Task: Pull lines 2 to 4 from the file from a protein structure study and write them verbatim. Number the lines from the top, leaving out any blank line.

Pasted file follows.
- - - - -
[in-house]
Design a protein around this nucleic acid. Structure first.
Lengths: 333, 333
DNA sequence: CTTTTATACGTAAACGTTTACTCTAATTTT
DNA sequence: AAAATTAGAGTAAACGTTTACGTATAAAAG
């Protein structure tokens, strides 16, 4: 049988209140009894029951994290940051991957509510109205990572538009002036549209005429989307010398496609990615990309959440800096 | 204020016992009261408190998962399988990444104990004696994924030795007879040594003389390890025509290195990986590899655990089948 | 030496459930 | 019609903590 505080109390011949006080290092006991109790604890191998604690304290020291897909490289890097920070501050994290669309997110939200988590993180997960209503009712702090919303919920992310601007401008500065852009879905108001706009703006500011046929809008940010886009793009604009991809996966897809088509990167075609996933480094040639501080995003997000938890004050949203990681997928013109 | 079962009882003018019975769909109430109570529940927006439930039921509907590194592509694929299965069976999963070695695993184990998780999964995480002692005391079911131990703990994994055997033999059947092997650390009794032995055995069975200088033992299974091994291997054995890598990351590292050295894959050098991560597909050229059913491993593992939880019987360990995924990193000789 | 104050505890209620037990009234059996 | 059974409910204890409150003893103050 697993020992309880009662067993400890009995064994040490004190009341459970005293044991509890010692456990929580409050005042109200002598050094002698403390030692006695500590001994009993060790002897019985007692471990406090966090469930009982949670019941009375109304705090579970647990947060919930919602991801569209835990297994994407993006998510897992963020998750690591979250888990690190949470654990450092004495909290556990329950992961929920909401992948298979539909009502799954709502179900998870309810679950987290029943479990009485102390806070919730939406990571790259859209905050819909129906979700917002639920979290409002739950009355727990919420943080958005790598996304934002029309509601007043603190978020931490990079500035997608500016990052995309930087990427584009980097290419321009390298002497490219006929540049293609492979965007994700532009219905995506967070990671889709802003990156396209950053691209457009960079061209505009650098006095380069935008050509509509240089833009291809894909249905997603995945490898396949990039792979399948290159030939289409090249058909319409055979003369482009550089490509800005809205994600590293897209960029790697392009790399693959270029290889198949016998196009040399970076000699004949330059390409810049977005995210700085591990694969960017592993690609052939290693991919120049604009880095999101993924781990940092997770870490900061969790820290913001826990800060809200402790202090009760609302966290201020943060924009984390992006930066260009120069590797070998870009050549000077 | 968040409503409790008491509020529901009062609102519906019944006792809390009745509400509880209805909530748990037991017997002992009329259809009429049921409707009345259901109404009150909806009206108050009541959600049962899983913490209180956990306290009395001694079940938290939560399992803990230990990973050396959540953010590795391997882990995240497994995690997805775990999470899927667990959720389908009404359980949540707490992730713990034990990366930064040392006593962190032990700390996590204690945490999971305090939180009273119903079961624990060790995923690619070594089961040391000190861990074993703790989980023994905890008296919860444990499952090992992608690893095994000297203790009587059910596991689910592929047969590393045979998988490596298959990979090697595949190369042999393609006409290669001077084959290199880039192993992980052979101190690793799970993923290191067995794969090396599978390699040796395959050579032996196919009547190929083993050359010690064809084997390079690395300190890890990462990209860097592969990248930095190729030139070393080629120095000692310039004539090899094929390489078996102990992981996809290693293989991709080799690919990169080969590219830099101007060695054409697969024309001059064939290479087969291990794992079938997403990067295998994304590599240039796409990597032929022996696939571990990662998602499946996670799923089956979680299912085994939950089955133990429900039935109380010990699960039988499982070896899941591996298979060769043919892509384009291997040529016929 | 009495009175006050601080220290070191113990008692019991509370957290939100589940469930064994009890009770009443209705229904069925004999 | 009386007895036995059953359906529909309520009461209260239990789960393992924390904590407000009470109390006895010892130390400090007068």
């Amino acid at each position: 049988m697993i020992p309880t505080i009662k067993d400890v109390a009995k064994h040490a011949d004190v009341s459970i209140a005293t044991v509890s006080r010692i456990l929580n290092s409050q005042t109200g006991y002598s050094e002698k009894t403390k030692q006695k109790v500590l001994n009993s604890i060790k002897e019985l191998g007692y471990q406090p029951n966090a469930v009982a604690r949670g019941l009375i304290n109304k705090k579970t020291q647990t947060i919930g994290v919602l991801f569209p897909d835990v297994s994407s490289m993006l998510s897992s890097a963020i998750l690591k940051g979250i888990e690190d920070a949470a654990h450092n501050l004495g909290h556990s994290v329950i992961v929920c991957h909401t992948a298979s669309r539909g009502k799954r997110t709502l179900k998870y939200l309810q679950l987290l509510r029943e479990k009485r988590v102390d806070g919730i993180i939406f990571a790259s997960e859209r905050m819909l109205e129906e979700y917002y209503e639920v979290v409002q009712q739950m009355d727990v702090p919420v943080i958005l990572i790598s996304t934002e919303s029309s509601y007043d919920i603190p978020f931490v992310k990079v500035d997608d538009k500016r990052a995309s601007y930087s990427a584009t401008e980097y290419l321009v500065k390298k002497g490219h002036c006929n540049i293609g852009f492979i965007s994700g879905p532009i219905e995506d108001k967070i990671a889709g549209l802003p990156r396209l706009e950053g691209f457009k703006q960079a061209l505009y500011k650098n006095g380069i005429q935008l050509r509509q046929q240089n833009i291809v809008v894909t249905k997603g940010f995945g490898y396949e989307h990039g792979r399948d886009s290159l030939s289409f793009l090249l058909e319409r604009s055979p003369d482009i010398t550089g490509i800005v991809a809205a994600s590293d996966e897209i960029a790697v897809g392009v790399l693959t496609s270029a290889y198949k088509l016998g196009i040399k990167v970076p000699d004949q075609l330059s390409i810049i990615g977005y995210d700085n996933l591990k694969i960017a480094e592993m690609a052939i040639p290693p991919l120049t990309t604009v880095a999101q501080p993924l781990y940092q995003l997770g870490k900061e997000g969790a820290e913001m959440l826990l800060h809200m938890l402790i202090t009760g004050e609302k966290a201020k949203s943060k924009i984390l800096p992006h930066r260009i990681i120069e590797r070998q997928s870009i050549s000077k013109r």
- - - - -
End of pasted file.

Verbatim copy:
Design a protein around this nucleic acid. Structure first.
Lengths: 333, 333
DNA sequence: CTTTTATACGTAAACGTTTACTCTAATTTT